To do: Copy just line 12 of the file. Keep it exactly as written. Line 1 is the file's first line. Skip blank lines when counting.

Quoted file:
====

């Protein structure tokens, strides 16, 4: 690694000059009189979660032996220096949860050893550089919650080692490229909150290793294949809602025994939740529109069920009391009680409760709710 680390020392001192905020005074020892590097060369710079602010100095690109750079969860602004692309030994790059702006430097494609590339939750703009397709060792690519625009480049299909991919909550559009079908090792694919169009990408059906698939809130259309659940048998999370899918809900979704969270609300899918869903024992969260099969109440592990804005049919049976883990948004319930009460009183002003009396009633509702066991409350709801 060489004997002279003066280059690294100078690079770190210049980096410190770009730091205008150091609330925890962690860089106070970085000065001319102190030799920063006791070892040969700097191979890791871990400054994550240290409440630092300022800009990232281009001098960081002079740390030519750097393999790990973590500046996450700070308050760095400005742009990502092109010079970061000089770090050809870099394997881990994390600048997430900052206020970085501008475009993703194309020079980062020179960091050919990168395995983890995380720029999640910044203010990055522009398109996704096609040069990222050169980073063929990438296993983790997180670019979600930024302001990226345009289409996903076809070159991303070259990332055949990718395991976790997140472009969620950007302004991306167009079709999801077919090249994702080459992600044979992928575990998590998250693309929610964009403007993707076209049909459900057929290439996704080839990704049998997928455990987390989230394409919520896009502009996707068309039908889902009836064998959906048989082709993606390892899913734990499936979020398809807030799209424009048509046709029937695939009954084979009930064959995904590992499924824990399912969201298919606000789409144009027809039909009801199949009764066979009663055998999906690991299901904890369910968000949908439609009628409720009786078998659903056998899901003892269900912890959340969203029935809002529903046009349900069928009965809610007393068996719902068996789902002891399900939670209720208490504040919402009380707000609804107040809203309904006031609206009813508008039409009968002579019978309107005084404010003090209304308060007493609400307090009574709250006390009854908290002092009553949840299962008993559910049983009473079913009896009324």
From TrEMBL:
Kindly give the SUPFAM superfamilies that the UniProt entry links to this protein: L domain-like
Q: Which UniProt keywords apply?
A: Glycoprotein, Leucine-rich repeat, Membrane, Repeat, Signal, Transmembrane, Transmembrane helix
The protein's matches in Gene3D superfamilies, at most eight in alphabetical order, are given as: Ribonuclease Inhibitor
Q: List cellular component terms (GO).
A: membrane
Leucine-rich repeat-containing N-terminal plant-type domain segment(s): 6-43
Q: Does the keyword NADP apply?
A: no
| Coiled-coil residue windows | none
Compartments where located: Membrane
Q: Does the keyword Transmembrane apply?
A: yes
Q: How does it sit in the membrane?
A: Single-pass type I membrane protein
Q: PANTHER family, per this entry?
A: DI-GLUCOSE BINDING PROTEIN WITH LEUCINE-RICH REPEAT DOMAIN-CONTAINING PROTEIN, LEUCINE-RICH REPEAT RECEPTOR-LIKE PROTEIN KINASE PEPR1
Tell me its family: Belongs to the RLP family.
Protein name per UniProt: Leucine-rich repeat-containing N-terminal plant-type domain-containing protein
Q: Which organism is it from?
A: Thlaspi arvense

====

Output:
| Coiled-coil residue windows | none